Carjackings have skyrocketed in Washington, DC, and homicide has risen a lot since 2019. What is the response of the government? It is moving to cut penalties for carjacking, gun possession by felons, and burglary — and to make it easier for criminals who have spent more than 20 years in prison for major crimes like murder to get their sentences reduced.
Washington, D.C., reported 426 carjackings in 2021, up from 142 in 2019. This March, a Washington doctor was run over and killed by a carjacker who drove off in his car. Last year, two teenage girls aged 13 and 15 carjacked and killed an Uber Eats Driver in Washington, DC, a crime for which they received only juvenile detention, not prison.
But the DC Government doesn’t seem concerned. As the Washington Examiner’s Byron York notes, the “Washington DC council voted unanimously to ‘lower sentences for burglaries, carjackings, and robberies….reduce penalties for illegal gun possession, including for carrying a pistol without license and for being a felon in possession of a firearm.'”
As Beege Welborn notes at Hot Air, “This is the second vote on these proposed reforms and all that remains is Mayor Muriel Bowers’ approval.” (Moreover, even if the mayor were to veto it, the Council could override her veto with a two-thirds vote).
The Washington Free Beacon reports:
The Washington, D.C., city council on Tuesday voted to dramatically reform the city’s criminal code, reducing penalties for offenses including illegal gun possession and carjacking, even as D.C. has seen a spike in homicides in recent years.
The legislation, which requires the approval of Mayor Muriel Bowser (D.), would eliminate mandatory minimum sentences for most crimes, the Washington Post reported, and lower the maximum sentences for crimes such as carjacking and robbery.
…Tuesday’s vote marks the second time this month that the council approved the legislation, which is required for bills in D.C. to advance. This week’s deliberation over the bill was contentious, as some council members challenged the bill’s provisions that would lower the maximum penalty for carrying a pistol without a license and possession of a gun as a felon to two years in prison.
Carjackings skyrocketed in Washington, DC in 2021, and then rose another 27% in the first eight months of 2022. Homicides increased to 226 killings in 2021 from 166 killings in 2019, and only 88 homicides in 2012. Washington DC reached the “100th homicide mark faster” this year “than any year since 2003,” according to police cited by the local CBS station. In 2022, the 100th homicide occurred on June 24. In 2021, when murders increased by 14%, the 100th homicide did not occur until July 10. Robberies continue to increase.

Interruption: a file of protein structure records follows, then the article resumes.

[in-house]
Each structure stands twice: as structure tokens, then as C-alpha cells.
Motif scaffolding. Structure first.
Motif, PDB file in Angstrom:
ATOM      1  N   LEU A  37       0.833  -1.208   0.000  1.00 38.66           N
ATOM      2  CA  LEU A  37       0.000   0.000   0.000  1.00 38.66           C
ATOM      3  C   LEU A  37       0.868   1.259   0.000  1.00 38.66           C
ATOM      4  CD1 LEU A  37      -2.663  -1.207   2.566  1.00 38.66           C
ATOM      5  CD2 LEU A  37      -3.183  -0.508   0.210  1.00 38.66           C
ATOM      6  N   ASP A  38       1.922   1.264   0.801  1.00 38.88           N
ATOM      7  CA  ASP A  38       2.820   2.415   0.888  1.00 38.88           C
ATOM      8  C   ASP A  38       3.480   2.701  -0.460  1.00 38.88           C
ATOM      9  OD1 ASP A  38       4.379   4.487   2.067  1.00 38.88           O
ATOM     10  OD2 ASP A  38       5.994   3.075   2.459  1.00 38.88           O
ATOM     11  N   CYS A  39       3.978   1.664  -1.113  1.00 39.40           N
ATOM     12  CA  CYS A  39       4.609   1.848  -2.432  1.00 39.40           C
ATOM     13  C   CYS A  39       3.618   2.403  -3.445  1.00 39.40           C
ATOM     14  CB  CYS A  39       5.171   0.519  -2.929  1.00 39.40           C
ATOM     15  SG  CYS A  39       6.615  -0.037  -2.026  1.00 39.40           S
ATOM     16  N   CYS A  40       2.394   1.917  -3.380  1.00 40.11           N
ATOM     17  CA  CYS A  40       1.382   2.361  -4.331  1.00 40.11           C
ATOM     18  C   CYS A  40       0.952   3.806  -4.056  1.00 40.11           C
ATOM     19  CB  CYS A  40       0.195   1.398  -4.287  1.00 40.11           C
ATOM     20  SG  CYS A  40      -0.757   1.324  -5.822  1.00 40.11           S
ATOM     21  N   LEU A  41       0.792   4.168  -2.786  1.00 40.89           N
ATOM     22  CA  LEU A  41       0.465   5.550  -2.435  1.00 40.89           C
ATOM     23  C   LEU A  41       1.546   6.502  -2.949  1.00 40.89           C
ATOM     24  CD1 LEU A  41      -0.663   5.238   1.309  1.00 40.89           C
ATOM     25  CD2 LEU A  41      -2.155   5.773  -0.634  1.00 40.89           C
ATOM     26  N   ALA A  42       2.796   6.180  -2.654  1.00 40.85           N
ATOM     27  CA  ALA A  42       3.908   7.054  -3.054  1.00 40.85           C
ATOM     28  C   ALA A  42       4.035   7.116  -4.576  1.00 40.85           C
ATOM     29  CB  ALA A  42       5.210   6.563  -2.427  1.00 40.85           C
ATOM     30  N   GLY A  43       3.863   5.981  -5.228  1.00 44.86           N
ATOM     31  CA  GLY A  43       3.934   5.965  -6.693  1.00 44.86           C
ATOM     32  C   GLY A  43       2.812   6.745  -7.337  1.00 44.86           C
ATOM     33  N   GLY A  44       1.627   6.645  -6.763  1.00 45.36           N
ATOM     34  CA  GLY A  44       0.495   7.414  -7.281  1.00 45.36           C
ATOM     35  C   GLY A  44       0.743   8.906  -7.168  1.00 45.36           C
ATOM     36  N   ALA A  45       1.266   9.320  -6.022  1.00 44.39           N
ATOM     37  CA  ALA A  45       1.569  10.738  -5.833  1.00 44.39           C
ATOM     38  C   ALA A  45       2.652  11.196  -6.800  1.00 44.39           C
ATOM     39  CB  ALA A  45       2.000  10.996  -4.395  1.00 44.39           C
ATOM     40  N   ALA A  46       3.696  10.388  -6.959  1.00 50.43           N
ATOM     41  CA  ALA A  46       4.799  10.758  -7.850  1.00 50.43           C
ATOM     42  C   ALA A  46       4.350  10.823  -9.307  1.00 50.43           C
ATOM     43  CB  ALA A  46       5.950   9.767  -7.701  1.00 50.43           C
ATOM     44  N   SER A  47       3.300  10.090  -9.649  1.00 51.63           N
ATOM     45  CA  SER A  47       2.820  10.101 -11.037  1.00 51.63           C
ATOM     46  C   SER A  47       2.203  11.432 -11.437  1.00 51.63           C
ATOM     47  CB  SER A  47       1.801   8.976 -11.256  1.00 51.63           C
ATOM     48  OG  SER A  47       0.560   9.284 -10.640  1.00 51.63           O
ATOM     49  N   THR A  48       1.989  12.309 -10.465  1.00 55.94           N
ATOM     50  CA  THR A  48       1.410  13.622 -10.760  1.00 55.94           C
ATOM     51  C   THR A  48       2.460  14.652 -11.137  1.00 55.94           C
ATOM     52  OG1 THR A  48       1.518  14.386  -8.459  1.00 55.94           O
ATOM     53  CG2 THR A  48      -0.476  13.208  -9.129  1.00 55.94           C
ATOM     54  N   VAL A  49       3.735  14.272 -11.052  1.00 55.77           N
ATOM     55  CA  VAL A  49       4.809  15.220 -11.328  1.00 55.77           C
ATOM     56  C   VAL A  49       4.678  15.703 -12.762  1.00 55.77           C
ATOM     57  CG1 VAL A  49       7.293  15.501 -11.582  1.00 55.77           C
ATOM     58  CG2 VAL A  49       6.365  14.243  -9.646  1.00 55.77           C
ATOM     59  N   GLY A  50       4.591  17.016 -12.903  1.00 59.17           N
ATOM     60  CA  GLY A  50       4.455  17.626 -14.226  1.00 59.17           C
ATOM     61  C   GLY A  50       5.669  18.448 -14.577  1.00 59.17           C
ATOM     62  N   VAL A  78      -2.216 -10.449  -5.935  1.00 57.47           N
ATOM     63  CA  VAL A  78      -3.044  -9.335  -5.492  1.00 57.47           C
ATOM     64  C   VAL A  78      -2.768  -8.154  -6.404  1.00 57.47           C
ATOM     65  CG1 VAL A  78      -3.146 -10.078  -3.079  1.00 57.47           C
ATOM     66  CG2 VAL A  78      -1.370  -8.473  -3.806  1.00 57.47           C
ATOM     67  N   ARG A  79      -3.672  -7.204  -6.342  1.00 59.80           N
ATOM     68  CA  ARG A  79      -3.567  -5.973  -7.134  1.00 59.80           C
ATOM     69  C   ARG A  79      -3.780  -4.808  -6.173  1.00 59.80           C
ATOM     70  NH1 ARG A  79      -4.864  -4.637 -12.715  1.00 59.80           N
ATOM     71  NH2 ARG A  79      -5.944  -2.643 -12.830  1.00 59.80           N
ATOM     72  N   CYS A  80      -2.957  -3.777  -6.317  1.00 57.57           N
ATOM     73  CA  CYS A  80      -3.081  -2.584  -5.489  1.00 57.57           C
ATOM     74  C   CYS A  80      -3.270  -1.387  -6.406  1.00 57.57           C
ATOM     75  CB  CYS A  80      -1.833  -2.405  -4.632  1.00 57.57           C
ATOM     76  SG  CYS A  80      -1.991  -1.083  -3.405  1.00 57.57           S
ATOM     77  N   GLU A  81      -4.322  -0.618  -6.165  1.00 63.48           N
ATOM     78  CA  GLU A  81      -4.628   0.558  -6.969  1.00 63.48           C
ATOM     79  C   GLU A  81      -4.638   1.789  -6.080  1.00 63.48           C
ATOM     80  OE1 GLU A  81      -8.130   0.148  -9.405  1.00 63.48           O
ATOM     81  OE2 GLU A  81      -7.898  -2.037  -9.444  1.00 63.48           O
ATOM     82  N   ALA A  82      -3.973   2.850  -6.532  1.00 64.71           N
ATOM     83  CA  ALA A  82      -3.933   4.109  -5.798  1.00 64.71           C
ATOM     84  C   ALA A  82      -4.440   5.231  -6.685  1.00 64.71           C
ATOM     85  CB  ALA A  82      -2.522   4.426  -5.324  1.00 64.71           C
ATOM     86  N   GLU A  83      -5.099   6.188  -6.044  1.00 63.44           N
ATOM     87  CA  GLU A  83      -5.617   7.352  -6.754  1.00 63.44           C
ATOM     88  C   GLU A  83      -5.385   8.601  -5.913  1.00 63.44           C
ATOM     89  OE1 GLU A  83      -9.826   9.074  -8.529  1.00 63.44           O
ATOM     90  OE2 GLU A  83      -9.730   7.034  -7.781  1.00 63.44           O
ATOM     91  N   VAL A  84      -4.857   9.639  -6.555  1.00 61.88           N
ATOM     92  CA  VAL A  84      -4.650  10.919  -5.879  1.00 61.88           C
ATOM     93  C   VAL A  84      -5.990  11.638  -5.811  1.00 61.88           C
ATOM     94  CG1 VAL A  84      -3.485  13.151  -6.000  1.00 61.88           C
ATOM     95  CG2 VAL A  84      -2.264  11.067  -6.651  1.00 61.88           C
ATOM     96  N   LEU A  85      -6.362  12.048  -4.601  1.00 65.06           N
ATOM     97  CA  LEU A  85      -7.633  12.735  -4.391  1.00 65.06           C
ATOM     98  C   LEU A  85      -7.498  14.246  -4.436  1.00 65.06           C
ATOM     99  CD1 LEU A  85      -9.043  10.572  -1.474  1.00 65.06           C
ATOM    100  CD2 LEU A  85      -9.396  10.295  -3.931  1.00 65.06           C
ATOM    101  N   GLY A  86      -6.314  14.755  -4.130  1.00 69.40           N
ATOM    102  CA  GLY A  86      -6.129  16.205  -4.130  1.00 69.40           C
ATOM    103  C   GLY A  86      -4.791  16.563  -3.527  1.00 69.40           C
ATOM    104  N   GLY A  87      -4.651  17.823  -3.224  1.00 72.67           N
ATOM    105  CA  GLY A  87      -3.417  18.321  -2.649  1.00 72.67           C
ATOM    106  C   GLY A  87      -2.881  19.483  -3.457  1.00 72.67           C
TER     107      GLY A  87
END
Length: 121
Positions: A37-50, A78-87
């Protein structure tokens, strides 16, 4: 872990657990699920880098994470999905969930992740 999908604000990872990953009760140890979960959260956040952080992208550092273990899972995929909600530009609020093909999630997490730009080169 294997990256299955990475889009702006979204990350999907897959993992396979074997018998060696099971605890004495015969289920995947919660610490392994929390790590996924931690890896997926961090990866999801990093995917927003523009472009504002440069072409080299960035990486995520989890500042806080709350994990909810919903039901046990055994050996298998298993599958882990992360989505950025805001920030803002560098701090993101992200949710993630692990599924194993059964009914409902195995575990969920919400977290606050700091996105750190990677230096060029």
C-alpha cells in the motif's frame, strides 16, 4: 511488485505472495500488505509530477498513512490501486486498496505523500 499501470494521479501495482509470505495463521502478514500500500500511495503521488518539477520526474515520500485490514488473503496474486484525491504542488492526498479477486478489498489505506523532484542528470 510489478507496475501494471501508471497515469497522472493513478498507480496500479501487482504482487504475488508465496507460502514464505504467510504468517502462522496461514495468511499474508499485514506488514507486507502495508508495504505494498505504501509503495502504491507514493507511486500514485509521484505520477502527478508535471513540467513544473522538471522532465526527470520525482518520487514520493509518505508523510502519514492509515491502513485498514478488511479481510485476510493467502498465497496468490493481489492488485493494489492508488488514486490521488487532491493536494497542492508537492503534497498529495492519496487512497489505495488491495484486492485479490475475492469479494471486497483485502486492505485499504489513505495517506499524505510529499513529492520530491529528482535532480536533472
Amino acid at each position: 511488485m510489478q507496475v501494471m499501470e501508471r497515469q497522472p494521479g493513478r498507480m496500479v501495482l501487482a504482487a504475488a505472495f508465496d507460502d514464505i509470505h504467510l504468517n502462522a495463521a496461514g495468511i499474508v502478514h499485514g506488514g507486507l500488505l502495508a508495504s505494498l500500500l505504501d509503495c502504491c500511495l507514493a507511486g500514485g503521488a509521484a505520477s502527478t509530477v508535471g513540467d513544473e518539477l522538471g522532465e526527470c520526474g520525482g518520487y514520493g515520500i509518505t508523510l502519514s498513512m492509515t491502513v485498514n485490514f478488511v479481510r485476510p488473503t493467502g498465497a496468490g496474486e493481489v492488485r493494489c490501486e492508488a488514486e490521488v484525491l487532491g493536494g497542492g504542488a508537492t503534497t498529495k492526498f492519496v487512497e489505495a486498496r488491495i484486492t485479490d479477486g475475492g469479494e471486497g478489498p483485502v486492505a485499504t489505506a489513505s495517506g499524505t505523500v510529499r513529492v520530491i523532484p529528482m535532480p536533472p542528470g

If DC goes through with reduced sentences for criminals, that will likely increase the crime rate and the homicide rate. Studies indicate that longer periods of incarceration deter many crimes from being committed by people who are not currently incarcerated; they don’t merely prevent people who are already inmates from committing more crimes — although they do that, too. For example, a study found that longer sentences deterred people from committing murder, robbery, and rape. (See Daniel Kessler & Steven J. Levitt, Using Sentence Enhancements to Distinguish Between Deterrence and Incapacitation, National Bureau of Economic Research Working Paper #6484 (1998)).
A 2008 Santa Clara University study found that longer sentences for three-time offenders led to “significantly faster rates of decline in robbery, burglary, larceny, and motor vehicle theft,” even after controlling for pre-existing crime trends and economic, demographic, and policy factors.
Shorter sentences also make inmates more likely to reoffend and commit more crimes. As Michael Rushford noted in the Washington Post, “an exhaustive, decade-long study released in June by the U.S. Sentencing Commission, tracking more than 32,000 federal offenders released from prison in 2010, found that offenders released after serving more than 10 years were 29 percent less likely to be arrested for a new crime than those who served shorter sentences. Offenders who served more than five years were 18 percent less likely to be arrested for new crimes compared to a matched group serving shorter sentences.”
Maryland and Virginia are alike in many ways. But Maryland has shorter sentences for criminals than Virginia. It also has a violent crime rate more than double Virginia’s. In 2018, Maryland had a violent crime rate of 468.7 per 100,000 people, according to USA Today, compared to a violent crime rate of only 200 per 100,000 in Virginia.
It is sometimes argued that sentences should be reduced because inmates age out of crime. But criminals released from prison are usually arrested again, especially when they are released at a young age. That is illustrated by a report issued in February by the U.S. Sentencing Commission. It found that over an eight-year period, violent offenders returned to crime at a rate of 63.8 percent. The median time to rearrest was 16 months. Most violent offenders released from prison committed more crimes. Even among those offenders over age 60, 25.1 percent of violent offenders were rearrested.